Skip to main content
Open Access Publications from the University of California

UC Davis

UC Davis Previously Published Works bannerUC Davis

Concurrent and rapid recovery of bacteria and protist communities in Canadian boreal forest ecosystems following wildfire


Wildfire plays an important role in restructuring bacterial and protist taxonomic and functional communities in forest ecosystems. Yet, the recovery of bacterial and protist communities following wildfire has not been rigorously investigated across long-term wildfire chronosequences. We compared changes in bacterial and protist alpha diversity, community composition, co-occurrence networks and determinant edaphic factors between burnt and unburnt (reference) soils at 11 different sites representing a 76-year wildfire chronosequence in Canadian boreal forests. The fire increased bacterial and protist alpha diversity and altered community composition (beta diversity) as compared to the site-specific controls during the early recovery stage (<5 years since fire), but had no effect on bacterial and protist communities in the middle (8–20 years) and late (>30 years) recovery stages. Bacterial and protist communities showed similar patterns of change across the wildfire chronosequence. The post-fire recovery of bacterial communities was associated with changes in soil chemical properties (e.g., nutrient status and pH) and vegetation succession. The protist community assembly was co-influenced by changes in bacterial communities and vegetation succession/soil properties. The concurrent recovery of bacterial and protist communities, and their influencing factors of vegetation and soil properties, imply the above- and belowground living communities are strongly linked in wildfire-perturbed forest ecosystems.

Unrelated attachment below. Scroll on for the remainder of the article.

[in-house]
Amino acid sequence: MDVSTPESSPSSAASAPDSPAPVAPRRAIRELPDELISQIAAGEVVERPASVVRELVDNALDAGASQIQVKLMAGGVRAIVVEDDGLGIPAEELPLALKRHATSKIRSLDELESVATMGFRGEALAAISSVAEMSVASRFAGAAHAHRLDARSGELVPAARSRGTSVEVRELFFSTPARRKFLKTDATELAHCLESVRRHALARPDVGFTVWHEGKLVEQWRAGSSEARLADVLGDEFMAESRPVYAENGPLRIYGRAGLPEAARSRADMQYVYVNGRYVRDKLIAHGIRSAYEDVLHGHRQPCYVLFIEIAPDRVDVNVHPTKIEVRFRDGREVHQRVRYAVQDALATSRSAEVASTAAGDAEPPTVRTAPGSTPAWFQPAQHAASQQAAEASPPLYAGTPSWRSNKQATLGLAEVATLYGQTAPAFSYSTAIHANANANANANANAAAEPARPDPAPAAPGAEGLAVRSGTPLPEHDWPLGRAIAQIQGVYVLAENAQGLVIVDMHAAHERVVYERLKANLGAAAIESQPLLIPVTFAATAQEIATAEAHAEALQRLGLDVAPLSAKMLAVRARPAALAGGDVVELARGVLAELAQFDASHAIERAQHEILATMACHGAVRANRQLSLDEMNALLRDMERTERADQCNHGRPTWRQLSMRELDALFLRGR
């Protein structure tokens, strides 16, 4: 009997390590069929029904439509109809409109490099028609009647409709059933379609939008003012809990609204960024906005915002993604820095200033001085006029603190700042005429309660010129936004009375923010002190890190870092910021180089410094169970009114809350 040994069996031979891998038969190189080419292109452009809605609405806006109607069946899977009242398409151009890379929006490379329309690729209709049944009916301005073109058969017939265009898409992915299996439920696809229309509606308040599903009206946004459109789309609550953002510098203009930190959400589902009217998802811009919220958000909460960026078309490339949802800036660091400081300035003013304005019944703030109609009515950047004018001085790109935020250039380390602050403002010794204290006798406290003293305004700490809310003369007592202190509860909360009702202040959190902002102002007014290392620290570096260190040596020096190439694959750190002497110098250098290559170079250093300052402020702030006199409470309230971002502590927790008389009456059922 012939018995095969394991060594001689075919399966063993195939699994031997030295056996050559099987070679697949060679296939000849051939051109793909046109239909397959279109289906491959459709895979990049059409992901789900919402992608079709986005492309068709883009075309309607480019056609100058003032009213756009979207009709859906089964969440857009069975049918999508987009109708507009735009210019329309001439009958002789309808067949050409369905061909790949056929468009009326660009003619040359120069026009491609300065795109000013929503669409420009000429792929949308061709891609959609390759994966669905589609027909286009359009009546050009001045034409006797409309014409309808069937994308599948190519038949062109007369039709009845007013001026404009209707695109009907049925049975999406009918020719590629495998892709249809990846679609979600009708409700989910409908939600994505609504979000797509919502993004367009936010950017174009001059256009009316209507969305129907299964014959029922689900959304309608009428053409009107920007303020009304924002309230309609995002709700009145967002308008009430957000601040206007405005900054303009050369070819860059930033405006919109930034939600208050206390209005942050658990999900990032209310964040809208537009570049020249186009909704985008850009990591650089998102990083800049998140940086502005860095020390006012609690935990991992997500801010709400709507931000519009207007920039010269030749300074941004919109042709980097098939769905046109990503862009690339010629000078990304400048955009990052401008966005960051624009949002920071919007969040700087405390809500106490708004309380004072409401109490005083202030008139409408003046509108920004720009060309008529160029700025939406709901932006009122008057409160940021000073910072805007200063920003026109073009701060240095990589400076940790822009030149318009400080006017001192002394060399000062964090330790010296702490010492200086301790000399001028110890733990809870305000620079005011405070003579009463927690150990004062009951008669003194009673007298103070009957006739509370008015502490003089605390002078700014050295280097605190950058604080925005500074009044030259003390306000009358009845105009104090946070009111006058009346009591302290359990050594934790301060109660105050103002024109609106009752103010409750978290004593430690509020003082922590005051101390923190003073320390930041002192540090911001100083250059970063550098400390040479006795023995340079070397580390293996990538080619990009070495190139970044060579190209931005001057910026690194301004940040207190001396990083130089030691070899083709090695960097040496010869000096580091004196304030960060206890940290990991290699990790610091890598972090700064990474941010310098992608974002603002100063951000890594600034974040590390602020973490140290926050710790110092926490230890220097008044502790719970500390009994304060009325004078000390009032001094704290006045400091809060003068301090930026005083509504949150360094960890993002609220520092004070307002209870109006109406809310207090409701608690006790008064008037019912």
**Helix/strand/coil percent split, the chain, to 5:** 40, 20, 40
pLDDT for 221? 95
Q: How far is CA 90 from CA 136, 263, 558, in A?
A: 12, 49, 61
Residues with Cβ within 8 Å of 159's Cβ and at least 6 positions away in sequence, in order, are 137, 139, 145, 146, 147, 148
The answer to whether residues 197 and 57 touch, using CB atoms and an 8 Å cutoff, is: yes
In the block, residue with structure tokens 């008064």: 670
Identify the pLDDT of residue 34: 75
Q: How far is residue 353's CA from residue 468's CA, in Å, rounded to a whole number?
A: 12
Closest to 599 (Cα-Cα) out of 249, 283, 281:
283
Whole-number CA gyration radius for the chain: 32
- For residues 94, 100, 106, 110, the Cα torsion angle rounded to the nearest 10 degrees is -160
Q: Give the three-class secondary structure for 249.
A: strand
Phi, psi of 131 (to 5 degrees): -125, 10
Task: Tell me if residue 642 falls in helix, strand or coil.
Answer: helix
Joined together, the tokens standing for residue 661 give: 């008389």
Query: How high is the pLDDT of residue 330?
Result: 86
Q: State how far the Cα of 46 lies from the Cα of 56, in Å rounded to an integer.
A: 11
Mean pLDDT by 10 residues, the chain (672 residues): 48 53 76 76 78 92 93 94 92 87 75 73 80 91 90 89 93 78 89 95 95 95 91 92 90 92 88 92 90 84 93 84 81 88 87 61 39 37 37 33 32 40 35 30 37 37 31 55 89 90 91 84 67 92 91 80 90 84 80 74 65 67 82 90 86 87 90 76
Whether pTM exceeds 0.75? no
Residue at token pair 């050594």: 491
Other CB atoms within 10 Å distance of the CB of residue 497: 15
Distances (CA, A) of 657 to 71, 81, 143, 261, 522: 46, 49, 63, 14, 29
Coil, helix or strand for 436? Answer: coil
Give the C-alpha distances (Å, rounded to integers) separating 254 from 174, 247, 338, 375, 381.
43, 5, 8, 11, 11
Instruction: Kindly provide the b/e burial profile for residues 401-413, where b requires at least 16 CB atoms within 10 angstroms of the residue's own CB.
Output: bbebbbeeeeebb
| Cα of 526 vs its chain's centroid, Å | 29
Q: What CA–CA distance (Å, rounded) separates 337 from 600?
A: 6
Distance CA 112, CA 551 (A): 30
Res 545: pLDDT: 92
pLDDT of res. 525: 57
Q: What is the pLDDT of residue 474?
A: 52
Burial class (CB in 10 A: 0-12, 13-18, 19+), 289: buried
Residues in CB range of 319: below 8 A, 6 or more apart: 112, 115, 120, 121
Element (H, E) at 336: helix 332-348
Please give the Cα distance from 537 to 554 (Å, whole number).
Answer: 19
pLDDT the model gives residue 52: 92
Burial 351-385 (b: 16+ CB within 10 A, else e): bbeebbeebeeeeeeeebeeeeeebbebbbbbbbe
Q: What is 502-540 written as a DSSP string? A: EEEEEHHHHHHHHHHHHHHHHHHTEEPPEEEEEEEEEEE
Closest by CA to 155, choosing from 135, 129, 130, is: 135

Many UC-authored scholarly publications are freely available on this site because of the UC's open access policies. Let us know how this access is important for you.

Main Content
For improved accessibility of PDF content, download the file to your device.
Current View